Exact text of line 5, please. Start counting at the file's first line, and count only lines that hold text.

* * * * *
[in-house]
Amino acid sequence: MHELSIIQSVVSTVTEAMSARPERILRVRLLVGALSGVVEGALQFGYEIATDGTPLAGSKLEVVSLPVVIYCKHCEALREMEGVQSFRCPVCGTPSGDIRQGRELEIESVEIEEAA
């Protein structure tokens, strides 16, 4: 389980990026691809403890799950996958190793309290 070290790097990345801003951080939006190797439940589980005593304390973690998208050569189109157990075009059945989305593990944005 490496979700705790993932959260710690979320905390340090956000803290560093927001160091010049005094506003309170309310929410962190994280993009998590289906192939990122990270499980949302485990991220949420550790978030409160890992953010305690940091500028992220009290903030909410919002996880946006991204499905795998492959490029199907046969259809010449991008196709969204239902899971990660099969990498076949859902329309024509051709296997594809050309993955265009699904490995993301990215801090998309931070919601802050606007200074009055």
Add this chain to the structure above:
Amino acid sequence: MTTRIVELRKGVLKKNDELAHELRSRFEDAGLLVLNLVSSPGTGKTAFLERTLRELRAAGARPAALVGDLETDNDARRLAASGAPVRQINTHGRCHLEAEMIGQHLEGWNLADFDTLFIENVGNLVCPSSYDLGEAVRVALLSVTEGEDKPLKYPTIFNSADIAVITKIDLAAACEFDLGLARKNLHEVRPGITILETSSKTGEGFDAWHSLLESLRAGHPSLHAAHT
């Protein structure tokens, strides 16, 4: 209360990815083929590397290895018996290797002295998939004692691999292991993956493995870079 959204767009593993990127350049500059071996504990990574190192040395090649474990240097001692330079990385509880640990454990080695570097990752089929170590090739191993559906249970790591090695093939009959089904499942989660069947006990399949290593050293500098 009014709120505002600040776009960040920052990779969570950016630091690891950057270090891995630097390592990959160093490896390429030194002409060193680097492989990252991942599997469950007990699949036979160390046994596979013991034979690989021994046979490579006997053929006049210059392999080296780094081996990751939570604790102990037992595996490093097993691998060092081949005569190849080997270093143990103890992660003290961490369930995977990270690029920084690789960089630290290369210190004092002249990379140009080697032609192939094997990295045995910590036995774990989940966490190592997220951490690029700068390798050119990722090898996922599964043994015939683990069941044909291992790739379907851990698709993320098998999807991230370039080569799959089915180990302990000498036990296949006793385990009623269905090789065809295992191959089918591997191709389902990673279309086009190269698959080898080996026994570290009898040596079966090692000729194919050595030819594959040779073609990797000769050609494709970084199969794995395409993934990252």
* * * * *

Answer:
Amino acid sequence: MTTRIVELRKGVLKKNDELAHELRSRFEDAGLLVLNLVSSPGTGKTAFLERTLRELRAAGARPAALVGDLETDNDARRLAASGAPVRQINTHGRCHLEAEMIGQHLEGWNLADFDTLFIENVGNLVCPSSYDLGEAVRVALLSVTEGEDKPLKYPTIFNSADIAVITKIDLAAACEFDLGLARKNLHEVRPGITILETSSKTGEGFDAWHSLLESLRAGHPSLHAAHT